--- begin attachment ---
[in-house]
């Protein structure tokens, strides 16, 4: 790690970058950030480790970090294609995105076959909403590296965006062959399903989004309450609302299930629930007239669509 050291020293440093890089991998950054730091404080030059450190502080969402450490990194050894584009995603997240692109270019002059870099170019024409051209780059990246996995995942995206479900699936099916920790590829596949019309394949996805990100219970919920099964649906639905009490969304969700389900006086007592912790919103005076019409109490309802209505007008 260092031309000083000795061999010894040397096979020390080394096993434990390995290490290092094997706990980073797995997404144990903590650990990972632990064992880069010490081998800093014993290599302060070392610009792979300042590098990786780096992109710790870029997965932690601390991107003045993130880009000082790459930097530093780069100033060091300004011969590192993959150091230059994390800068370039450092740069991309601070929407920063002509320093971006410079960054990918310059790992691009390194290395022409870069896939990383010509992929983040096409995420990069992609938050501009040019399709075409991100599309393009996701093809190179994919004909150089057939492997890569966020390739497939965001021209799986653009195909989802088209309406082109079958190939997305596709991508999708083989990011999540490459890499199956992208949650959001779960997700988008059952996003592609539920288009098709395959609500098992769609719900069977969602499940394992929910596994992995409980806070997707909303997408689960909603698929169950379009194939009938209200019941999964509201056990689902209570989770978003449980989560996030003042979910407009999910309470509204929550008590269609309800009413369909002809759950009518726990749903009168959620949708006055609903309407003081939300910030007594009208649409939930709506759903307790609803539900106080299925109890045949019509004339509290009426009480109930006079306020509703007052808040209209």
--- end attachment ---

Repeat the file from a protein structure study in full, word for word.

[in-house]
């Protein structure tokens, strides 16, 4: 790690970058950030480790970090294609995105076959909403590296965006062959399903989004309450609302299930629930007239669509 050291020293440093890089991998950054730091404080030059450190502080969402450490990194050894584009995603997240692109270019002059870099170019024409051209780059990246996995995942995206479900699936099916920790590829596949019309394949996805990100219970919920099964649906639905009490969304969700389900006086007592912790919103005076019409109490309802209505007008 260092031309000083000795061999010894040397096979020390080394096993434990390995290490290092094997706990980073797995997404144990903590650990990972632990064992880069010490081998800093014993290599302060070392610009792979300042590098990786780096992109710790870029997965932690601390991107003045993130880009000082790459930097530093780069100033060091300004011969590192993959150091230059994390800068370039450092740069991309601070929407920063002509320093971006410079960054990918310059790992691009390194290395022409870069896939990383010509992929983040096409995420990069992609938050501009040019399709075409991100599309393009996701093809190179994919004909150089057939492997890569966020390739497939965001021209799986653009195909989802088209309406082109079958190939997305596709991508999708083989990011999540490459890499199956992208949650959001779960997700988008059952996003592609539920288009098709395959609500098992769609719900069977969602499940394992929910596994992995409980806070997707909303997408689960909603698929169950379009194939009938209200019941999964509201056990689902209570989770978003449980989560996030003042979910407009999910309470509204929550008590269609309800009413369909002809759950009518726990749903009168959620949708006055609903309407003081939300910030007594009208649409939930709506759903307790609803539900106080299925109890045949019509004339509290009426009480109930006079306020509703007052808040209209």